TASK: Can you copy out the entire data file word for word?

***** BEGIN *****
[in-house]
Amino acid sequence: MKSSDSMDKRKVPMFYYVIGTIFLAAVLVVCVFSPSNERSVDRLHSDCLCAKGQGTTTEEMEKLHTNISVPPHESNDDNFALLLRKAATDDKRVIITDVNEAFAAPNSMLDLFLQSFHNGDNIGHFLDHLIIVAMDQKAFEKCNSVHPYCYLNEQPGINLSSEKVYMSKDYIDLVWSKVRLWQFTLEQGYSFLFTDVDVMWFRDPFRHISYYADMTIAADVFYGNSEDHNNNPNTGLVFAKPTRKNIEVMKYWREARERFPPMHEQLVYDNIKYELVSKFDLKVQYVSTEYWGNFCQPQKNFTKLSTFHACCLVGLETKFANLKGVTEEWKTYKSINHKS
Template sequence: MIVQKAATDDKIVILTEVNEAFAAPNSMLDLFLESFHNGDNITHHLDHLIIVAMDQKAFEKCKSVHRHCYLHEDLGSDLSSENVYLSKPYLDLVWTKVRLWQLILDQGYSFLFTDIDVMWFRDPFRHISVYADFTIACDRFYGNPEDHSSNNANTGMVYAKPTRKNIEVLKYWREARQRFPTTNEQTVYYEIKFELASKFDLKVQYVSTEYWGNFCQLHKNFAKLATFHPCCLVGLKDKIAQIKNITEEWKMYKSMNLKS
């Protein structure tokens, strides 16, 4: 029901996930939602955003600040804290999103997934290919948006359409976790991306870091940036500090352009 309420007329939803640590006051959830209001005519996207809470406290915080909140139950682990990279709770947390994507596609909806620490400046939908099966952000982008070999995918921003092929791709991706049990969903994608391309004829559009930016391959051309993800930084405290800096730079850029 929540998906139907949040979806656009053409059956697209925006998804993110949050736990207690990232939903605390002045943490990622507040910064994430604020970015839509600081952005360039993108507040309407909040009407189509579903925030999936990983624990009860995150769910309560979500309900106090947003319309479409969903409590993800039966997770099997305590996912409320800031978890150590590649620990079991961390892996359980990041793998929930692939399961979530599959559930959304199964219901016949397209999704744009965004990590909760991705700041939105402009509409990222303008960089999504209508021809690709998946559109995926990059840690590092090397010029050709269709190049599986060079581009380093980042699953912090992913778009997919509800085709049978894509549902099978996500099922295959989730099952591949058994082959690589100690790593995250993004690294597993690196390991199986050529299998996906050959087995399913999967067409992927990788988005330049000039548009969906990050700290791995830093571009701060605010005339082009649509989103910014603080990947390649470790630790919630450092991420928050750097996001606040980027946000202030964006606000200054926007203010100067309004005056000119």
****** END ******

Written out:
[in-house]
Amino acid sequence: MKSSDSMDKRKVPMFYYVIGTIFLAAVLVVCVFSPSNERSVDRLHSDCLCAKGQGTTTEEMEKLHTNISVPPHESNDDNFALLLRKAATDDKRVIITDVNEAFAAPNSMLDLFLQSFHNGDNIGHFLDHLIIVAMDQKAFEKCNSVHPYCYLNEQPGINLSSEKVYMSKDYIDLVWSKVRLWQFTLEQGYSFLFTDVDVMWFRDPFRHISYYADMTIAADVFYGNSEDHNNNPNTGLVFAKPTRKNIEVMKYWREARERFPPMHEQLVYDNIKYELVSKFDLKVQYVSTEYWGNFCQPQKNFTKLSTFHACCLVGLETKFANLKGVTEEWKTYKSINHKS
Template sequence: MIVQKAATDDKIVILTEVNEAFAAPNSMLDLFLESFHNGDNITHHLDHLIIVAMDQKAFEKCKSVHRHCYLHEDLGSDLSSENVYLSKPYLDLVWTKVRLWQLILDQGYSFLFTDIDVMWFRDPFRHISVYADFTIACDRFYGNPEDHSSNNANTGMVYAKPTRKNIEVLKYWREARQRFPTTNEQTVYYEIKFELASKFDLKVQYVSTEYWGNFCQLHKNFAKLATFHPCCLVGLKDKIAQIKNITEEWKMYKSMNLKS
């Protein structure tokens, strides 16, 4: 029901996930939602955003600040804290999103997934290919948006359409976790991306870091940036500090352009 309420007329939803640590006051959830209001005519996207809470406290915080909140139950682990990279709770947390994507596609909806620490400046939908099966952000982008070999995918921003092929791709991706049990969903994608391309004829559009930016391959051309993800930084405290800096730079850029 929540998906139907949040979806656009053409059956697209925006998804993110949050736990207690990232939903605390002045943490990622507040910064994430604020970015839509600081952005360039993108507040309407909040009407189509579903925030999936990983624990009860995150769910309560979500309900106090947003319309479409969903409590993800039966997770099997305590996912409320800031978890150590590649620990079991961390892996359980990041793998929930692939399961979530599959559930959304199964219901016949397209999704744009965004990590909760991705700041939105402009509409990222303008960089999504209508021809690709998946559109995926990059840690590092090397010029050709269709190049599986060079581009380093980042699953912090992913778009997919509800085709049978894509549902099978996500099922295959989730099952591949058994082959690589100690790593995250993004690294597993690196390991199986050529299998996906050959087995399913999967067409992927990788988005330049000039548009969906990050700290791995830093571009701060605010005339082009649509989103910014603080990947390649470790630790919630450092991420928050750097996001606040980027946000202030964006606000200054926007203010100067309004005056000119």